Day trips are possibly my favourite kinds of escape. You’re still home in your own bed (revelling in cool, clean sheets for added summer pleasure) at the wnd of the day, you’ve had a pleasant and slightly special breakfast before setting off and you’ve still had a whole day of fun and exploration.
Lyme Regis, Kings Lynn, Oxford or (my latest set of plans) the Kent Coast are all perfect for this from London. Enter Bleak House, a shop with a sideline in recommending both walks round London and day trips out of it. Both Ightham Mote and Hambledon on their list sound good – and also remind me that I want to get to Bateman’s as well before the National Trust season closes.
A perfect little microcosm. Eric Ravilious “The Village” (1933)
The Lifestyle Edit Podcast (not to be confused with another podcast that is just called “The lifestyle edit” and had two women – Rosie and Flo – talking about life in a robustly jolly, Claire Baldwin-ish manner) by Naomi Mdudu is a regular listen & one guaranteed to leave you feeling fired up in the best possible way after listening.
Each week, Naomi interviews a female business owner about how they found their business idea, what made them go solo on it, how they’ve built their business and what tips they’d share with their entrepreneurs. It’s as far away from The Apprentice and macho, ghostwritten memoirs as you can imagine.
Instead you’ll come away with gems that help you decide when to take views and when to have confidence to do it your way; how to think about the financials behind your business (not all will apply, but it’s the fact that there are different models that make these interviews useful to me) and tips to help you identify the best opportunities for you. Some I loved recently were:
– The interview with Anna Hart (*so impressive*)
– the concept of looking for flexibility that is inherent and that which is on offer as an option
– the point that flexible working needs apply just as much to non-parents looking after ageing baby boomers as it does to parents
– the question “what would the village idiot say your brand is?”
– the idea that a recurring client doesn’t just help financially, but also with defining what your business is and does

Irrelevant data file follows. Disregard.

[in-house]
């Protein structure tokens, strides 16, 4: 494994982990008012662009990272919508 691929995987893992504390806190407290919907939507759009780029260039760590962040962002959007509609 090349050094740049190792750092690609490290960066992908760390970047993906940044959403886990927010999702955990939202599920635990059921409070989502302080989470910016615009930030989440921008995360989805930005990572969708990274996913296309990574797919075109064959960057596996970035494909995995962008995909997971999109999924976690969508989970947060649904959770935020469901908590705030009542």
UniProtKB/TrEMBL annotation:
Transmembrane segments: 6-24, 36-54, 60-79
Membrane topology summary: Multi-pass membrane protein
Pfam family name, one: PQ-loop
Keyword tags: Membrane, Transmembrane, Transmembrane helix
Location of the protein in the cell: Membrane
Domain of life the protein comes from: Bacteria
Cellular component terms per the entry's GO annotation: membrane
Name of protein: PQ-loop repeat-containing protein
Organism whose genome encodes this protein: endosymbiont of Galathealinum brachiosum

So many gems here – go and listen to it. Naomi is a fantastic interviewer too, which I think really drives the quality of these sessions.
If Google’s user customisation means that their search engine banners are becoming a permanent rotation of amazing women, then I’m fine with that. Maria Reiche was a mathematician and archaeologist, who seems have to have been the same kind of enterprising character as Dorothy Carrington a few days ago.
As part 361 of my ongoing rant about how art and decoration don’t need to be expensive, fancy or hard to find to look wonderful, I bring forward more witnesses for my cause. First up:
these two scribble pieces, one from @jyoungdesignhouse and one from Danielle Moss of “The Everyday Girl”. I imagine they’d be quite satisfying to recreate.
Next up, again by @jyoungdesignhouse, I like these easy ways to add punk to a bit of regency art. I could see it being easy to add a splash of acrylic to a postcard bought on holiday, and then you could either clip it up, put it on the fridge, or carry the joke on and frame it in the biggest ornate frame you can buy. It reminds me a bit of this simple but effective series too.
And lastly, from @nicoledavisinteriors, this corner of family photos. Although the style is way preppier than I’d go for myself, I like the reminder of making something special out of an otherwise empty corner. It also reminds me of my favourite Cup of Jo house tour with the red frames.
Katy MacScott (@katymacscott) walked from Holland to Istanbul last year in memory of her late friend Harriet, with hops on trains to keep time, as she didn’t have as much time as Patrick Leigh Fermor did on his original journey. Now she is posting memories of her encounters on Instagram, and I particularly loved her encounters with feisty pensioners in Holland. On the first day she encountered Map and Henkel:
“Map – a derivative of Margaret – approached me with a pot of jam, as I sat on a bench in the rain, in the village of Zuillichem. When she offered me a cup of coffee by the fire, I didn’t have to be asked twice…Her husband, Henkel, returned from his errands and they proceeded to tell me, in halting English, about their travels. They were now in their late 80s, but had travelled all over the Middle East in their retirement.”
Henkel revealed that like many Dutch children he was sent to England after the war to recover from years of malnutrition. After another hot meal, Map and Henkel passed Katy on to a local photographer Cor de Cock (“Harriet would have dined out on that name for a week”) and eventually to Jet, a former piano teacher, with a “wicked bark” of a laugh:
“She confessed that she’d put away her wine and cigarettes before I arrived, because she thought that someone doing a trip like mine would have ‘high morals’. I quickly put her straight and we enjoyed these vices for the rest of the evening.”
Over asparagus risotto and radishes Jet and Katy discussed the audio books for the blind that Jet narrates, Jet garden, Chekhov and Harry Mulisch, and her brother’s paintings.
Peggy Guggenheim by Alfred Courmes (1927); an illustration by Yelena Bryksenkova; Barbara Hepworth by Ida Kar (photo owned by the NPG).